Edith Wharton poems

Edith Wharton(24 January 1862 - 11 August 1937 / New York City / United States)
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- by Edith Wharton 73

La Belgique ne regrette rien

Not with her ruined silver spires,
Not with her cities shamed and rent,
Perish the imperishable fires
That shape the homestead from the tent.

Wherever men are staunch and free,
There shall she keep her fearless state,
And homeless, to great nations be
The home of all that makes them great.

A Failure

- by Edith Wharton 51

(She Speaks.)

I MEANT to be so strong and true!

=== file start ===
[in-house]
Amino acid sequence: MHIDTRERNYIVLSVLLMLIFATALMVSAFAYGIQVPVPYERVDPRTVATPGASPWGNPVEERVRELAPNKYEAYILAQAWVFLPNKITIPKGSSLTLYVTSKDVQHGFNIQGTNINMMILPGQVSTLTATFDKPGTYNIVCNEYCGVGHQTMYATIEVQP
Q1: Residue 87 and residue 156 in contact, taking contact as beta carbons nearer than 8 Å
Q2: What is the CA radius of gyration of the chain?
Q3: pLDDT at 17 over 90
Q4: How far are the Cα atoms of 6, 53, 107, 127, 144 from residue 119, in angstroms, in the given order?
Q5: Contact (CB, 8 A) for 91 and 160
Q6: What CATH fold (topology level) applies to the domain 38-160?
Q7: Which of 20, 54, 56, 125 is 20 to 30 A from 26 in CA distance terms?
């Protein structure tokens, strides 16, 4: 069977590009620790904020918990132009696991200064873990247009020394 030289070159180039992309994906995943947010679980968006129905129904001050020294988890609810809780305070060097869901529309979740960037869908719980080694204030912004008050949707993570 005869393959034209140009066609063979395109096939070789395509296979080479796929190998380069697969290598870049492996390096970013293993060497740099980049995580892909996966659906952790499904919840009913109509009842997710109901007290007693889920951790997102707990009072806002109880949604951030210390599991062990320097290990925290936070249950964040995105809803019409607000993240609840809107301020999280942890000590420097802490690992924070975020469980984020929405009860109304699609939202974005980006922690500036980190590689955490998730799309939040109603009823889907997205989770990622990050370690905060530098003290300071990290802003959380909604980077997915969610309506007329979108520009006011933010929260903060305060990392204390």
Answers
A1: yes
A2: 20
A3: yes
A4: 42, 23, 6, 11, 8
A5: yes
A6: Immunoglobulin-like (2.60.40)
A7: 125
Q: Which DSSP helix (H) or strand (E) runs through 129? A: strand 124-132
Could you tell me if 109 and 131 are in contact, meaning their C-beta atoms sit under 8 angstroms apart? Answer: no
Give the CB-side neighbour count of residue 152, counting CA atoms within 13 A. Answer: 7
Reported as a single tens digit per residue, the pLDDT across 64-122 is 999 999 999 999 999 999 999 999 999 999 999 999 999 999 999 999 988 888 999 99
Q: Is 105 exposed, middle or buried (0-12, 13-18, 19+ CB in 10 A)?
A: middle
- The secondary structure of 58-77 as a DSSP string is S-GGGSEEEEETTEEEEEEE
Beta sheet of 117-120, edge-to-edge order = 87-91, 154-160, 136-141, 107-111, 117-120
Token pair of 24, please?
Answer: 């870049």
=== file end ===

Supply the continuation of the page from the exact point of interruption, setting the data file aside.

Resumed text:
The world may smile and question, When?
But what I might have been to you
I cannot be to other men.
Just one in twenty to the rest,
And all in all to you alone, -
This was my dream; perchance 'tis best
That this, like other dreams, is flown.

For you I should have been so kind,
So prompt my spirit to control,
To win fresh vigor for my mind,
And purer beauties for my soul;
Beneath your eye I might have grown
To that divine, ideal height,
Which, mating wholly with your own,
Our equal spirits should unite.

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Poems by Edith Wharton, Edith Wharton's poems collection. Edith Wharton is a classical and famous poet (24 January 1862 - 11 August 1937 / New York City / United States). Share all poems of Edith Wharton.

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